[up][up] In most of the world that's already how it is. The issue is people more than society. People tend to go all follow the leader in trends.
I am going to shove the sunshine so far up where the sun don't shine that you will vomit nothing but warm summer days -Belkar
Groupthink is a real problem, and shouldn't be underestimated.

Even smart, rational, and progressive-thinking people tend to do dumb, irregular, or oppressive things when everyone else says it's in style.

 20 Greenmantle, Tue, 4th Mar '14 3:42:56 PM from Albion Relationship Status: [TOP SECRET]
@ Zeal: Or when it isn't — even the most perfect person in the world will do stupid things, regardless of political views and intelligence.
Well yeah, but groupthink is a particularly strong reason for it.

Pretending to be human
Alright, I guess I was being a bit hot-headed when I typed the OP. Now that I'm calmer and have read what others have said I've thought about it a bit more.

I don't deny that there is an imbalance in the world when it comes to direction of media exports, but I do object to is that this is somehow the result of a Western conspiracy to deny other 'lesser' cultures and countries to make their own media and art, and export them, like what former President of China Hu Jintao once claimed.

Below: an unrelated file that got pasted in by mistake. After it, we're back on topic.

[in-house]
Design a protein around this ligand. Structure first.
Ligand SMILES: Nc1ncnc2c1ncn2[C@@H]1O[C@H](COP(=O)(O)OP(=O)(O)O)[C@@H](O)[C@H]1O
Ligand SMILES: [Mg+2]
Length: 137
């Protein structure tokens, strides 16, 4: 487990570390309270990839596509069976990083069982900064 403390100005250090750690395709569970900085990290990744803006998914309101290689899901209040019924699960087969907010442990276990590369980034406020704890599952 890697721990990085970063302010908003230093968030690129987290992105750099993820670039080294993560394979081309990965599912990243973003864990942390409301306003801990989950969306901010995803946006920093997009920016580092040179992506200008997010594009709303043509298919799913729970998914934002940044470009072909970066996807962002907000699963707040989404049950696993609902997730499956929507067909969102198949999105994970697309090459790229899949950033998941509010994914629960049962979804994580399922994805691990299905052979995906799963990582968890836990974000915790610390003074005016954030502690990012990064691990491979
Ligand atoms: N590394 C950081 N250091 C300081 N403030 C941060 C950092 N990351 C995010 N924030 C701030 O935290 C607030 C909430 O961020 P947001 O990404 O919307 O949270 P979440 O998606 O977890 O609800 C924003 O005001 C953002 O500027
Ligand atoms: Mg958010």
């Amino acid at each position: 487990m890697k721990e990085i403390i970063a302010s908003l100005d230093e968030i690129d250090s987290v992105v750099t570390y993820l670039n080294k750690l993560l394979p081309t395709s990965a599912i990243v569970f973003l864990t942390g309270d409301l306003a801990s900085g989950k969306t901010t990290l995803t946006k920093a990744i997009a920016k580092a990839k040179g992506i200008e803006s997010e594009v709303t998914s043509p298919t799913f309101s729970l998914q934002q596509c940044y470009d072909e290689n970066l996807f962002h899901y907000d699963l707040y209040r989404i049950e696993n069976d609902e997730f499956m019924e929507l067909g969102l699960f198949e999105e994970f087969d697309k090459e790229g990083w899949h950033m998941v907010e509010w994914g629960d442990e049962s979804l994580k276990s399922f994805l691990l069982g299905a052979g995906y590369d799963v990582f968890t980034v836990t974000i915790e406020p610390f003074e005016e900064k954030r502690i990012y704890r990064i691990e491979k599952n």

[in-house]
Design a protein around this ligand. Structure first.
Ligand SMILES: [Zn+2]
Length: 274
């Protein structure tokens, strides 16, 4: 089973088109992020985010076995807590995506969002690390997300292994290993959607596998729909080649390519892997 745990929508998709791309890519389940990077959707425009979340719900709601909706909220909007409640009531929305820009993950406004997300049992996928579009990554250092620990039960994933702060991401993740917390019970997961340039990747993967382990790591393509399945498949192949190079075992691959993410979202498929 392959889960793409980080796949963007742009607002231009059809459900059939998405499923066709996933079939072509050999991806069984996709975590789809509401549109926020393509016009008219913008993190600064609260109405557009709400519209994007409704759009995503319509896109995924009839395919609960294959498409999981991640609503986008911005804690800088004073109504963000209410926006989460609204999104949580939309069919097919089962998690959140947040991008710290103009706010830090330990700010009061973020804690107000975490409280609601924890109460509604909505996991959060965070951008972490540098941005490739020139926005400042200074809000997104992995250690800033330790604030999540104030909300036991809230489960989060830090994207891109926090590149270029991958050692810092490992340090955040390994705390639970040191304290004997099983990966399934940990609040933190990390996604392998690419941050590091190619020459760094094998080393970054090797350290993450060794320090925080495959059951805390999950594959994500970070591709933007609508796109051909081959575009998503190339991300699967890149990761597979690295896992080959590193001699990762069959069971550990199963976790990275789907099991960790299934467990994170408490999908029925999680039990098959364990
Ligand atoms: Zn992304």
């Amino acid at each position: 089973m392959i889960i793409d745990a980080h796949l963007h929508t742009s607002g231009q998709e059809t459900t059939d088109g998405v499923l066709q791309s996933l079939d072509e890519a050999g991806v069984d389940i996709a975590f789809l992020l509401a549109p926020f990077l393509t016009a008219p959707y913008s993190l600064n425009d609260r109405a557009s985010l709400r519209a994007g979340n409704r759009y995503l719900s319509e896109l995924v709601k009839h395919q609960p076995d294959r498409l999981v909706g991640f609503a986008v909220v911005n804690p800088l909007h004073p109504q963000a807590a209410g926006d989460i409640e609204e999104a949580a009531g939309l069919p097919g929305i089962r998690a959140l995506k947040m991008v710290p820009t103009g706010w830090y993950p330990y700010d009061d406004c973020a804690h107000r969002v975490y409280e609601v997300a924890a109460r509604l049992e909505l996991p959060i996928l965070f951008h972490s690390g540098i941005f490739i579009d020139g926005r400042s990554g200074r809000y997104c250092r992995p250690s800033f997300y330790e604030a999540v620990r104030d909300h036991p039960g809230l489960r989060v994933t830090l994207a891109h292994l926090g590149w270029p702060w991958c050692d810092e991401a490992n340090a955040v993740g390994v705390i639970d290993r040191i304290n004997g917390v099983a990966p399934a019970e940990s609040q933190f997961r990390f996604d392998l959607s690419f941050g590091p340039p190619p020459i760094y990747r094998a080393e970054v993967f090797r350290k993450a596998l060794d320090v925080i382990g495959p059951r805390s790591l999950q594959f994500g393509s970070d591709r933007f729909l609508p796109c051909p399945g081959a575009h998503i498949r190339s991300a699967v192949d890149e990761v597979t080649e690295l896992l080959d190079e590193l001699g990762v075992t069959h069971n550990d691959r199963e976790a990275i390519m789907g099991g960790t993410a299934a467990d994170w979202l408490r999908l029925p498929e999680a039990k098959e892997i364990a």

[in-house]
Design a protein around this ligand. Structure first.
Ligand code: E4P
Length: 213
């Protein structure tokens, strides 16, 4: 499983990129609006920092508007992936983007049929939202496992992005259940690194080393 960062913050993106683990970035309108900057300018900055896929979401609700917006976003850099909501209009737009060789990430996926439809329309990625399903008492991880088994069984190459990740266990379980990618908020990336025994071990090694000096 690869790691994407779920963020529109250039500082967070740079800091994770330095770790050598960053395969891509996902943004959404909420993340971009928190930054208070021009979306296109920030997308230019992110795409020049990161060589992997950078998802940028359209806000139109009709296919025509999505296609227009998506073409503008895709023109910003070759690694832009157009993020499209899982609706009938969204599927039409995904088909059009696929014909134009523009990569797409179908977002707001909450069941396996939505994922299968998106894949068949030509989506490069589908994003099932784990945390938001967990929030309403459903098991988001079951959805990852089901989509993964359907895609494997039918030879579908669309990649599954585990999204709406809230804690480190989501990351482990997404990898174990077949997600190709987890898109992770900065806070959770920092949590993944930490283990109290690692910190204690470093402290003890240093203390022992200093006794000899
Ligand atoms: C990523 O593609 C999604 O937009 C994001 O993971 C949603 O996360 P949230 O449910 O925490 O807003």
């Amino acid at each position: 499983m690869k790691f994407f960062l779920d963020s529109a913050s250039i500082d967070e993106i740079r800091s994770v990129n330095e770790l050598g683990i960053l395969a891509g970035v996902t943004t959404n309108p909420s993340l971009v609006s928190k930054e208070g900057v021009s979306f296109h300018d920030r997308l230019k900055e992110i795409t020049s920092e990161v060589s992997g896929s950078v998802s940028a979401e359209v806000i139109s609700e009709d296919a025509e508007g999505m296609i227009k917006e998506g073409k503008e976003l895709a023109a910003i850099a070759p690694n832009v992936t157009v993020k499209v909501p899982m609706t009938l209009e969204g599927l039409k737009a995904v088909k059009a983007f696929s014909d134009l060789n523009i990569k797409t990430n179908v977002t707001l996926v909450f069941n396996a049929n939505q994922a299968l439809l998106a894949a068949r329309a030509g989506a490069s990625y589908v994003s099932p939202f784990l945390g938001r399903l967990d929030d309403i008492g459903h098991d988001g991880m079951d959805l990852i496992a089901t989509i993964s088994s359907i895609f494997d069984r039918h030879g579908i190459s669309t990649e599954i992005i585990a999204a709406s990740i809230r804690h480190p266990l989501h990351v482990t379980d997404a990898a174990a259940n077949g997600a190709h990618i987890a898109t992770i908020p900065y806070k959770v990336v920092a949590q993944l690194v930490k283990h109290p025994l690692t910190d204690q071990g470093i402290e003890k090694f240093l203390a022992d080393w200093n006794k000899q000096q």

The onus is on average people in the rest of the world to be inspired to go into the arts and do great stuff, but in the case of China and many other Asian countries (other than Japan and South Korea), I feel that artists and potential artists are generally hampered by a) pervasive censorship by governments and b) intense focus on developing the country, which means attracting younger people towards the fields of engineering or IT and away from the arts, which are usually seen as a luxury only people in developed countries can indulge in, even in my country. At least that's my interpretation.

edited 5th Mar '14 8:43:24 AM by Exploder

My Sonic fanfic series.
 23 Krieger 22, Thu, 6th Mar '14 2:16:07 AM from Malaysia Relationship Status: I'm in love with my car
[up]Nothing about the education systems in said countries? I thought they got blamed all the time for the lack of creativity in Asian countries.

Cultural imperialism in a "we must annihilate their culture or we will die" or "ours is superior to yours" doesn't exist anymore, except in North Korea. The Internet and its access to technology has indeed given us the power to freely choose which part of whose cultures we like, although that certainly has earned me a lot of nagging from my parents for not being "social enough" due to having different tastes in music and games compared to most of my peers.

 24 New Geek Philosopher, Thu, 6th Mar '14 3:02:12 AM from Sydney, Australia
Wizard Basement
Sometimes I think my more intelligent thoughts in the American accents of TGWTG contributors. MENTAL COLONISATION IS REAL!
Hell Hasn't Earned My Tears
 25 Radical Taoist, Thu, 6th Mar '14 2:47:06 PM from the #GUniverse
Total posts: 42